Investment Zones will be chosen following a “rapid Expression of Interest process open to everyone”.
It’s clear that the Zones will be sites, or possibly groups of sites, rather than broader local areas. The government’s Growth Plan includes an illustrative list of 24 sites of the type that might be considered.
The Growth Plan also includes a list of 38 authorities, spread widely across England, which have already expressed an interest in hosting a site. There are likely to be others too.
There are no details, however, of just how many Investment Zones the UK government might consider designating.
How does the new package compare with Enterprise Zones?
Like the new Investment Zones, the first-generation Enterprise Zones (designated by the Thatcher and Major governments) included 100% relief from business rates for 10 years, 100% capital allowances for investment in buildings, and relaxed planning controls.
The second-generation Enterprise Zones (designated by the Cameron government) involved a weaker package of incentives. Relief from business rates was just for five years and limited to a total of just £275,000 per business. There were capital allowances for investment in plant and machinery (on a limited basis) but not for investment in buildings.
The new Investment Zones come with a distinctly more powerful package – all the incentives on offer in the first-generation Enterprise Zones plus relief from employer’s NI contributions and Stamp Duty.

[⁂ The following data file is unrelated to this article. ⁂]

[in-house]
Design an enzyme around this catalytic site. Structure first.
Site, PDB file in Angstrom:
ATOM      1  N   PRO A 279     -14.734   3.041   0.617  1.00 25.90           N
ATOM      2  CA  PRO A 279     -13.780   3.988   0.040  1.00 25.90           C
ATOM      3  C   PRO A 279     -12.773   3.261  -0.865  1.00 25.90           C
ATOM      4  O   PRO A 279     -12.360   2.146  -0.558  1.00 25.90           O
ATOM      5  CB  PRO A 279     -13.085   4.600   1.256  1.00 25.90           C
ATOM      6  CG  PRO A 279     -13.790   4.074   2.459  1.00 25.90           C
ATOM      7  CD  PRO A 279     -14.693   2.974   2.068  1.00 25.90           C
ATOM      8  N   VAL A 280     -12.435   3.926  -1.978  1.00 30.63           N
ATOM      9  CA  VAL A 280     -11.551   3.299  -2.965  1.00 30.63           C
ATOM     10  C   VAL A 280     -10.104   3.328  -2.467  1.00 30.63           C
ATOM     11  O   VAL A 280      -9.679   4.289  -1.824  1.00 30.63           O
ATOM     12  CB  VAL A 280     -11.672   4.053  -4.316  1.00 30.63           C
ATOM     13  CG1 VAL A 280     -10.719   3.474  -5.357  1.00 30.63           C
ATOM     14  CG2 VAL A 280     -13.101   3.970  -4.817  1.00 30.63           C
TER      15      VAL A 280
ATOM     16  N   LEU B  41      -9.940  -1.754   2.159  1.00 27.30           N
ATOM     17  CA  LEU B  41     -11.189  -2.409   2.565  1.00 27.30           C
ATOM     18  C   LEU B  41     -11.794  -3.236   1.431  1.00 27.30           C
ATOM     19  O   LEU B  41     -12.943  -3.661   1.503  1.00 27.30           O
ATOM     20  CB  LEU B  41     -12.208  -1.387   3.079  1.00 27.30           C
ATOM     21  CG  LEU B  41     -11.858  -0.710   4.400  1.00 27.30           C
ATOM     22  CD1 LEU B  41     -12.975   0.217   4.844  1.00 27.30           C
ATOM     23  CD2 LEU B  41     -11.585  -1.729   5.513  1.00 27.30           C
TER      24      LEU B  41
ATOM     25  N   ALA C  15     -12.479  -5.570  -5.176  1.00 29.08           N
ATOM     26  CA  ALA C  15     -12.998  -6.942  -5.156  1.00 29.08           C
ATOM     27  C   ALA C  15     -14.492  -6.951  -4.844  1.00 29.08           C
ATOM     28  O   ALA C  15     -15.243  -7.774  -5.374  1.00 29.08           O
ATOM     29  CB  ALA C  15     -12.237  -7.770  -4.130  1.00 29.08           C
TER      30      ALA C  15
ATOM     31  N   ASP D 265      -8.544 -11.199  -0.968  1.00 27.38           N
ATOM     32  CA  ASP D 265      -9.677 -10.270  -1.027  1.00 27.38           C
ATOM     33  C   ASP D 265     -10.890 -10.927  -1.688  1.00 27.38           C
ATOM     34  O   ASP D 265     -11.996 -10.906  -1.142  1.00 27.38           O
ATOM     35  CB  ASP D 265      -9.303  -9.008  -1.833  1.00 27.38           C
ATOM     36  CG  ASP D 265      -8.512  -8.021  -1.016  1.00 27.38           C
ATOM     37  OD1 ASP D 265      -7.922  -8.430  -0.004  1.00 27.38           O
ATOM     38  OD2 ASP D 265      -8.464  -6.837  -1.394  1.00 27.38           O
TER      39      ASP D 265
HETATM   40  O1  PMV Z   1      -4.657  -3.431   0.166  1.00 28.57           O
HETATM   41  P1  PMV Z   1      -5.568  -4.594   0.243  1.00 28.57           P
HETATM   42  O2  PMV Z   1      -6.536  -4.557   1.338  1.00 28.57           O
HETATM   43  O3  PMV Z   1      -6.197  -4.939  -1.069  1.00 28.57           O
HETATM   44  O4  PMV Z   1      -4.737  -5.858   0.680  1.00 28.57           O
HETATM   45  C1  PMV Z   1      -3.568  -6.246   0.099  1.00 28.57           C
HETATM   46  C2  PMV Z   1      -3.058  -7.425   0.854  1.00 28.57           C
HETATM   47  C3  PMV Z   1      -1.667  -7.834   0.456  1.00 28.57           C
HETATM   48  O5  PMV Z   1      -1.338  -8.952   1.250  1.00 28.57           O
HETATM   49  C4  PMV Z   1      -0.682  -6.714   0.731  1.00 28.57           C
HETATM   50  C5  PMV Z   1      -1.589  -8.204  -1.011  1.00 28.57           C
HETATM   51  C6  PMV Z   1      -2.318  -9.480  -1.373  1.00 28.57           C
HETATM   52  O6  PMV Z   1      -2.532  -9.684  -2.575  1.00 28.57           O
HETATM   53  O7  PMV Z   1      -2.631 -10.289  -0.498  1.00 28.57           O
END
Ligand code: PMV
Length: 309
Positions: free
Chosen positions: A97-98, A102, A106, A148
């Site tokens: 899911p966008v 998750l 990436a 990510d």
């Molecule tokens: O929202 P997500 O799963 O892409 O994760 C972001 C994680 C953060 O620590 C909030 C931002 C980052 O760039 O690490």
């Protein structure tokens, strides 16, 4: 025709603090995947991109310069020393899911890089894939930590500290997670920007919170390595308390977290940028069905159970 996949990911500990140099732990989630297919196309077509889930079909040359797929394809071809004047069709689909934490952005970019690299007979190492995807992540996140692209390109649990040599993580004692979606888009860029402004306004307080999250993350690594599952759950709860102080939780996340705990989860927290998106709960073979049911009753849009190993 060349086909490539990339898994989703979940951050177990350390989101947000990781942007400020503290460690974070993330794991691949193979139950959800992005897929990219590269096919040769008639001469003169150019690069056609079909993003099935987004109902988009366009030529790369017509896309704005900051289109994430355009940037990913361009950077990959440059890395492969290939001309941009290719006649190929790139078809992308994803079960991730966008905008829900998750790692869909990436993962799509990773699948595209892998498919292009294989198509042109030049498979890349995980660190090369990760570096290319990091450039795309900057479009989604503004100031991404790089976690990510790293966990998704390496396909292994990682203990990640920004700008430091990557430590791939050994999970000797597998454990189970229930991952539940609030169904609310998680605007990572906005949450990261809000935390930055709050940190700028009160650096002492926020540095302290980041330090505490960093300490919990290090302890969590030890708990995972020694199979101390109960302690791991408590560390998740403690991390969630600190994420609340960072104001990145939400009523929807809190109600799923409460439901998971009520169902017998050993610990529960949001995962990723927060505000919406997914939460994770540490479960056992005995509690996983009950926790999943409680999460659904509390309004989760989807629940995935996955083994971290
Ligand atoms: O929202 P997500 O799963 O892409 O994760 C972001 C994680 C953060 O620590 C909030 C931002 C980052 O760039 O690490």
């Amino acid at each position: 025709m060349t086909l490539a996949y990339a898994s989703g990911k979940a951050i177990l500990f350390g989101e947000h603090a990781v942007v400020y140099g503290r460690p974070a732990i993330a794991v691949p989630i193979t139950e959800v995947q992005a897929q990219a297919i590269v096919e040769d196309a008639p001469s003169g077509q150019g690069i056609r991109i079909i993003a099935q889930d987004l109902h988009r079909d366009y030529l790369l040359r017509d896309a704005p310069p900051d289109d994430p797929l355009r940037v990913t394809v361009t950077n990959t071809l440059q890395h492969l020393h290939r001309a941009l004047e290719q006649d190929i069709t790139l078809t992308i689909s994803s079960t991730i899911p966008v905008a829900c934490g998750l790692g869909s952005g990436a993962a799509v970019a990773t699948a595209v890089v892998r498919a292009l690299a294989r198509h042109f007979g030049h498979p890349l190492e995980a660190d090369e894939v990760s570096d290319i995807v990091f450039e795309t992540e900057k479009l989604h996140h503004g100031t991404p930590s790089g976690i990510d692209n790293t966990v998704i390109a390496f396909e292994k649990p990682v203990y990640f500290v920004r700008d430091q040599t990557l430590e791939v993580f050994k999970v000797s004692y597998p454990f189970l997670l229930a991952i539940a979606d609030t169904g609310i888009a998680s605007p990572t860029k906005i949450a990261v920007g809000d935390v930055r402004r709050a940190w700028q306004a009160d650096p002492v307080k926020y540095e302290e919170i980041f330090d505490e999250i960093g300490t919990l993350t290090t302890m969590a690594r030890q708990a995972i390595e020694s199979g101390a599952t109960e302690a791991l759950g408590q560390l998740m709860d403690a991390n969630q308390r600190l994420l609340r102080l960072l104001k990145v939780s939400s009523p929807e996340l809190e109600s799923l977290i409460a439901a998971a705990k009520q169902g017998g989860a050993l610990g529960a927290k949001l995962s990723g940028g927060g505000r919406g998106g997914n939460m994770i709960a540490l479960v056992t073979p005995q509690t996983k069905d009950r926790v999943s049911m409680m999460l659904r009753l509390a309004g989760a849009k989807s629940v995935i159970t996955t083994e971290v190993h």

The likely impacts
Given that the financial incentives in the new Investment Zones are at least as powerful as those in the first-generation Enterprise Zones, these EZs probably offer the best guide to the likely impacts.
The evidence is that the first-generation Enterprise Zones were successful in generating large numbers of jobs on-site and that a substantial proportion of the jobs, especially in manufacturing but less so in retailing, were additional to the wider local economy. This was the clear conclusion of the very thorough Final Evaluation of the Enterprise Zones Experiment by PA Cambridge Economic Consultants, published in 1995, and it’s an assessment reinforced by Peter Tyler’s authoritative 2011 review of Lessons from Previous Enterprise Zone Policy.
There is, for example, little evidence that large numbers of firms move on to the sites to take advantage of the tax breaks and then move away as soon as they come to an end. Some closures and relocations do happen all the time, of course, in the normal run of business.
The key incentive is arguably the 100% capital allowance for investment in buildings – something missing from the later Enterprise Zones but restored in Investment Zones. This attracts speculative property developers, who invest heavily in industrial and warehouse units and in office space. Businesses are then attracted in by the ready availability of premises, and by the bonus of a rate-free holiday.